Bonsai is the practice of growing miniature ornamental trees in pots and is a hobby to some. To others, it’s an art form, as the caretaker expresses shapes, ideas, and even emotions through trimming and training the branches to grow in interesting ways.
“Though, it’s an obsession,” said Michael Stern, president of the Pittsburgh Bonsai Society. Founded in 1957, the Pittsburgh Bonsai Society is one of the oldest in the country, and currently has more than 100 members of all ages from the Pittsburgh area. After three years off, the society is hosting its 40th annual Bonsai Show on June 11-12 at Monroeville Mall. The show is free and open to the public and will feature finished bonsai trees, supplies, and styling demonstrations by experienced growers.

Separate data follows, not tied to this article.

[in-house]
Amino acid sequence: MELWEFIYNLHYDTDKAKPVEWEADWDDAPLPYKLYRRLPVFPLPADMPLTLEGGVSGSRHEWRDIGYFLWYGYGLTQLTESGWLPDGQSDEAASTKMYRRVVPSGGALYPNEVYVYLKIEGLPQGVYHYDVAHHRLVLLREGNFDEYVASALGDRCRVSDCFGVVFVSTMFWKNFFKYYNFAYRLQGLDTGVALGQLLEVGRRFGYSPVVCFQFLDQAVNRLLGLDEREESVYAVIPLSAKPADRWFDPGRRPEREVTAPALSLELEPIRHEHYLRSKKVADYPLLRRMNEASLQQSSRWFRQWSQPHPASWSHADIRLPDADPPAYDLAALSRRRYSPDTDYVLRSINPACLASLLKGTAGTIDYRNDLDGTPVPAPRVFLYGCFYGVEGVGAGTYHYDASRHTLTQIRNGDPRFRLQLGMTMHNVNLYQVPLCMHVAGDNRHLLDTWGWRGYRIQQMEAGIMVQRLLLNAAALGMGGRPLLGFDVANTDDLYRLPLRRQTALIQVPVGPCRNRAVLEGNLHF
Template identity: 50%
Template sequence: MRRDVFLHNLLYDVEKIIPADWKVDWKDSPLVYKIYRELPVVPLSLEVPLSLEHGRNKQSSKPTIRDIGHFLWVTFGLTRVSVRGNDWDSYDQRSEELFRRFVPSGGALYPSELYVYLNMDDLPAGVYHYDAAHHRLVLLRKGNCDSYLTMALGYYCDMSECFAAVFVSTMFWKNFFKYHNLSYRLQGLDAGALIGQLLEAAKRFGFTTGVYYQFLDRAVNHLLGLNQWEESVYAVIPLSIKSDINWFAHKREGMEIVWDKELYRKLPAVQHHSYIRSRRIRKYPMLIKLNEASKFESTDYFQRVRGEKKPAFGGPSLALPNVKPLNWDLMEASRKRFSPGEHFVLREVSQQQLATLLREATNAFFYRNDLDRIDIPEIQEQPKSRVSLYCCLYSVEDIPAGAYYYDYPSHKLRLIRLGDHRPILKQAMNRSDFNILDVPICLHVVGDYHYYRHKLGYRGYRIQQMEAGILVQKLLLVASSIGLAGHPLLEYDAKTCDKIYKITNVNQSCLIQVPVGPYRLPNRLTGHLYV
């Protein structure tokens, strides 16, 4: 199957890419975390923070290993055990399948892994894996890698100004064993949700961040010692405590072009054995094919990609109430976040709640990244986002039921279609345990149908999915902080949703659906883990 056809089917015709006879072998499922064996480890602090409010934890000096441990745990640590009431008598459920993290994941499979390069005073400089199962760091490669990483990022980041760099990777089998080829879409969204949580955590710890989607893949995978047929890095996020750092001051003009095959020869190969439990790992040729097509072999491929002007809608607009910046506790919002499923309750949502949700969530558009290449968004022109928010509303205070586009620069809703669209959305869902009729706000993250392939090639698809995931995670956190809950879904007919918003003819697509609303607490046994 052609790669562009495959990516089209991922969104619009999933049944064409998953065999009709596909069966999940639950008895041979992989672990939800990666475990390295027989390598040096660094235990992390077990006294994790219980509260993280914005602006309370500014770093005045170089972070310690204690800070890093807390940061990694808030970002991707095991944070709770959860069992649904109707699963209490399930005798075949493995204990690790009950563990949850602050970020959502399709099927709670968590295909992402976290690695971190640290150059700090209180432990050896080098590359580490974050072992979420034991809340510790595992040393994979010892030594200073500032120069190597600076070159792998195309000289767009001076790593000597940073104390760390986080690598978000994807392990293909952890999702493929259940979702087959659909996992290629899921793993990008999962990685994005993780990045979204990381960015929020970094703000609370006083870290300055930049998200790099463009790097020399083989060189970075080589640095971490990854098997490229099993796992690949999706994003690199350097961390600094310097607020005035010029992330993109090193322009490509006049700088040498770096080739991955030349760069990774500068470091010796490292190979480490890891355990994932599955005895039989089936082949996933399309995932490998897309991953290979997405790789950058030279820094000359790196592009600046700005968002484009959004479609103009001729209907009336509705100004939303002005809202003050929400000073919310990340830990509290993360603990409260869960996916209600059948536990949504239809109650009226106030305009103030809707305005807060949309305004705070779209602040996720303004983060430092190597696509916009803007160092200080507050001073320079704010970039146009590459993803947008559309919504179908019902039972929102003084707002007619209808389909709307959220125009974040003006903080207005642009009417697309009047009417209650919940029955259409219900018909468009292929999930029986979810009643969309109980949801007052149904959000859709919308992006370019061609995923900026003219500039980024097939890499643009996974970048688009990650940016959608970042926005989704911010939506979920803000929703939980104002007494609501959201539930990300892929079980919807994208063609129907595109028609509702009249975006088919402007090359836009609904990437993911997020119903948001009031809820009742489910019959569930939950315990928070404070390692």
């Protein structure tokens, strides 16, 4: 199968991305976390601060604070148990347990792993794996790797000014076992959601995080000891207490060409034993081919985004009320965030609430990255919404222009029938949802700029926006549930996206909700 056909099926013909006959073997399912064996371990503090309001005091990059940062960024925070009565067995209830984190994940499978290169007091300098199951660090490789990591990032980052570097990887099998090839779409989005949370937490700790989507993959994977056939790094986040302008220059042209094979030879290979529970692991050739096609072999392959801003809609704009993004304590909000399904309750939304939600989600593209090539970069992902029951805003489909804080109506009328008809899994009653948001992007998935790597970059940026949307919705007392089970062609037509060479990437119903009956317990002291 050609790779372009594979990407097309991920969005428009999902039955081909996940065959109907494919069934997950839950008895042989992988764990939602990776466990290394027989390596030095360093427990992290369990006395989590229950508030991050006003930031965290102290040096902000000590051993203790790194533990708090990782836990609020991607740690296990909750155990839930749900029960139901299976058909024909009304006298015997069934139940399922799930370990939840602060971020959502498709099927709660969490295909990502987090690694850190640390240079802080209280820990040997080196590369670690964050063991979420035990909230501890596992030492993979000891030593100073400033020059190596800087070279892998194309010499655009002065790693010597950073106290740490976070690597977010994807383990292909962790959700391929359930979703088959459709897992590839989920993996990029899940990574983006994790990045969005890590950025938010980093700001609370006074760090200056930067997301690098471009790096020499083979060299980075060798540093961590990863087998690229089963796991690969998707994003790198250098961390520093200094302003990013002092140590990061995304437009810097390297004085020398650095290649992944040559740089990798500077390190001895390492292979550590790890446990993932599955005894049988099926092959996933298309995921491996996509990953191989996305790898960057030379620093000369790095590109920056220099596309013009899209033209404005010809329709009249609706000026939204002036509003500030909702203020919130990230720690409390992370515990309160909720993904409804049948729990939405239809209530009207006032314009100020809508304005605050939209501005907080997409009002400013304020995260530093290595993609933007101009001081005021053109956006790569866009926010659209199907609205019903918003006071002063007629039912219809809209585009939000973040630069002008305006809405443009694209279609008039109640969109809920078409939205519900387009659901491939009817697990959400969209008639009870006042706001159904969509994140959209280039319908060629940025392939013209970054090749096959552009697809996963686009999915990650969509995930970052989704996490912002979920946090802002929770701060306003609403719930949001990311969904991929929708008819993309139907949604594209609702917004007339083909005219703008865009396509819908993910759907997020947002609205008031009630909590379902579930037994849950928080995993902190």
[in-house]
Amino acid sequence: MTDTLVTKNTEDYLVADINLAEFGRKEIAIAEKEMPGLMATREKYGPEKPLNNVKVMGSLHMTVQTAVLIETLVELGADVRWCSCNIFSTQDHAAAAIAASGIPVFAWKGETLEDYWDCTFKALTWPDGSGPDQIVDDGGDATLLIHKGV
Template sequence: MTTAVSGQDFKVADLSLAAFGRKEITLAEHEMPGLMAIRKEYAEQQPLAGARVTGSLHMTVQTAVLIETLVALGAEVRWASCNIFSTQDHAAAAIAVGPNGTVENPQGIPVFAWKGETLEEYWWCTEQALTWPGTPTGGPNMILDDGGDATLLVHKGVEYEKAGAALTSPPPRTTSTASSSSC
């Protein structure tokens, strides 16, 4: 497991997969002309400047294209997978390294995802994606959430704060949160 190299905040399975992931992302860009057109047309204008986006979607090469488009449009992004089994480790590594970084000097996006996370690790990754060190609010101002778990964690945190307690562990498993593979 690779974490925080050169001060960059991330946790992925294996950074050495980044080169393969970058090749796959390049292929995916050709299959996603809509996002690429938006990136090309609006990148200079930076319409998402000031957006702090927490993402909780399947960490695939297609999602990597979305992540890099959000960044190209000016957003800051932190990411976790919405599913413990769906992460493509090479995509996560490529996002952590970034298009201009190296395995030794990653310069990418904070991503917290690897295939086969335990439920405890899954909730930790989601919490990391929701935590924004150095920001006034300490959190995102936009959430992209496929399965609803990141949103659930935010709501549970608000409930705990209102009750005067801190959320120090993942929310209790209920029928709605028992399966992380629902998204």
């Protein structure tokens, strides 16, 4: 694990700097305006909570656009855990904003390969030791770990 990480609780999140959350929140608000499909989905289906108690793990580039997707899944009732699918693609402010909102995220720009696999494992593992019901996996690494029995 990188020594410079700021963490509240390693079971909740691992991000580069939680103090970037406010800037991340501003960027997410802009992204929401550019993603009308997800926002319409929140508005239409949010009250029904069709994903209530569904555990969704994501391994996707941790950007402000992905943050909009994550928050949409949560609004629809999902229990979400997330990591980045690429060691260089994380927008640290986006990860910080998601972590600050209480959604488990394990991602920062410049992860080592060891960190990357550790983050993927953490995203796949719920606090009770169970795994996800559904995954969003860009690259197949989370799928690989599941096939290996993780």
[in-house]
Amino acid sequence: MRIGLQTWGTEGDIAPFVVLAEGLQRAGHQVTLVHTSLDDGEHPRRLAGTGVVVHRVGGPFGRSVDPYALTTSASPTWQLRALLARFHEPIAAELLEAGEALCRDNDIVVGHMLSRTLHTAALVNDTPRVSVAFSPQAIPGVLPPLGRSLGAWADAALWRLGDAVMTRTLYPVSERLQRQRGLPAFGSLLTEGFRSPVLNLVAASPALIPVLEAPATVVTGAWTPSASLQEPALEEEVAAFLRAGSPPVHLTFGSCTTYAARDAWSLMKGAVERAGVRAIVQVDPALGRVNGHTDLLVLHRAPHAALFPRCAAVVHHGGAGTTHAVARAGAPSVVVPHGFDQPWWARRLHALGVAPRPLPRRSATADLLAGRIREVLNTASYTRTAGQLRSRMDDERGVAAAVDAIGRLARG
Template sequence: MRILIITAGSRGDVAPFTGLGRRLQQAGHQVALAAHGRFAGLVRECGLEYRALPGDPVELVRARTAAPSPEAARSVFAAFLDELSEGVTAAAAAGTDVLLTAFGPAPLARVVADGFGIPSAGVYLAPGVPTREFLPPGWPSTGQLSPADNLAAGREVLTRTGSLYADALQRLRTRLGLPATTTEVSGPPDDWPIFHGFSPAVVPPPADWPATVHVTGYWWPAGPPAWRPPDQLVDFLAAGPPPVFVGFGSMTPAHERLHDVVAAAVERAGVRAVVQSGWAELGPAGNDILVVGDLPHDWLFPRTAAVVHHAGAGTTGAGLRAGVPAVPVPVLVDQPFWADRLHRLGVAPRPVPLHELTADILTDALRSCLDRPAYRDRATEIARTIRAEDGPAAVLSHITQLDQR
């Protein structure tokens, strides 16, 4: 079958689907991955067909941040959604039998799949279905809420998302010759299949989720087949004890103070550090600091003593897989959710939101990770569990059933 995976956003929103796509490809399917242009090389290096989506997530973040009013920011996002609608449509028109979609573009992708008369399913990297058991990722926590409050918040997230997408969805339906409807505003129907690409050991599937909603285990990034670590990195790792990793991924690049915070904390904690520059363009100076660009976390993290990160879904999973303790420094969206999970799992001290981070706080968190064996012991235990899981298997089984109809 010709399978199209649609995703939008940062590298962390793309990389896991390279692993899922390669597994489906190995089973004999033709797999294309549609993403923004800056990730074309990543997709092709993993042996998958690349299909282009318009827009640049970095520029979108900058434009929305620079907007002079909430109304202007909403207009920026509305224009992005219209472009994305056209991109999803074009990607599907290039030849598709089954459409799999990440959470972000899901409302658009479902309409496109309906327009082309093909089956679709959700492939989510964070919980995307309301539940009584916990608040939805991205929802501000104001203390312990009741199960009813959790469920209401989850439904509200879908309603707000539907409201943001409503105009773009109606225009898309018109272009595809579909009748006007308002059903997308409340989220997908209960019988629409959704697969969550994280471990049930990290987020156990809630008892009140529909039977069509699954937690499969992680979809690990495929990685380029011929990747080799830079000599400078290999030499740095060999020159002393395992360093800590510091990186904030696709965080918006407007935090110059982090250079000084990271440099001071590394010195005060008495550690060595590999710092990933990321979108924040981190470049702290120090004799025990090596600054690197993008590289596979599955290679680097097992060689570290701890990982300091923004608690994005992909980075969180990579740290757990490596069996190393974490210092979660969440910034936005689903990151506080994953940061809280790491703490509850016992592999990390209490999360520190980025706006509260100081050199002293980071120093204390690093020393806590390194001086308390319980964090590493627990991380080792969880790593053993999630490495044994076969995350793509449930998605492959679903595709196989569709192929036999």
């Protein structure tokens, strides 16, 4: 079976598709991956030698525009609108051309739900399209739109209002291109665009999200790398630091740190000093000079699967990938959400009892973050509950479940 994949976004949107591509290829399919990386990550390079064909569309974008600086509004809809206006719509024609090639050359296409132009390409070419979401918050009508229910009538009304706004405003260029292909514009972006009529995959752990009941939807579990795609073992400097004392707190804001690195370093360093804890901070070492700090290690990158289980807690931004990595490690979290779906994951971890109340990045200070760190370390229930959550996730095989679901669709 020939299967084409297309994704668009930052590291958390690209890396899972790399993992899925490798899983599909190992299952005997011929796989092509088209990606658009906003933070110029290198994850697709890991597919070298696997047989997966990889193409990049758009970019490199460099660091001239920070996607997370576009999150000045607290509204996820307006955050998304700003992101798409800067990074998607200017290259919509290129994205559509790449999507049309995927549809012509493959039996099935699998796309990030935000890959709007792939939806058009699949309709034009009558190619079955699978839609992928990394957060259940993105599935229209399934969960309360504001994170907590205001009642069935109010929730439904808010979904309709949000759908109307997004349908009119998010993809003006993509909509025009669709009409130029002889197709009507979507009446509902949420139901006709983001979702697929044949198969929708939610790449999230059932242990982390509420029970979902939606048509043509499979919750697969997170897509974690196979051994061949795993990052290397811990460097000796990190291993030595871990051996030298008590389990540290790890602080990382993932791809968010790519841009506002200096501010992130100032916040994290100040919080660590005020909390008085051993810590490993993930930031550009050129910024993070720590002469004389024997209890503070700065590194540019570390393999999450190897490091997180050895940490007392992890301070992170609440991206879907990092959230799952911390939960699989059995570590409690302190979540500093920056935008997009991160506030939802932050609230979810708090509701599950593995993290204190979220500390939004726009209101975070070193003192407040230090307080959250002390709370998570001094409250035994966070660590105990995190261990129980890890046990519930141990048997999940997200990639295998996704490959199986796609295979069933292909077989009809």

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Stern, 67, a retired child psychologist, joined the society in 1981 and now has a collection of more than 100 trees. His grandmother introduced him to Japanese art as a kid, and he’s developed a lifelong passion for growing them and bringing new growers into the fold.
Still, getting started with a single tree isn't expensive or time-consuming, he said. An already styled tree can cost as little as $30; the only maintenance is watering the tree and trimming it back during growing seasons. Some trees may not last longer than a few months if they aren’t properly watered, but there are plenty of free resources available to help new growers learn the ropes. The most common mistake newbies make is placing the tree see indoors rather than in a more greenhouse-like environment.
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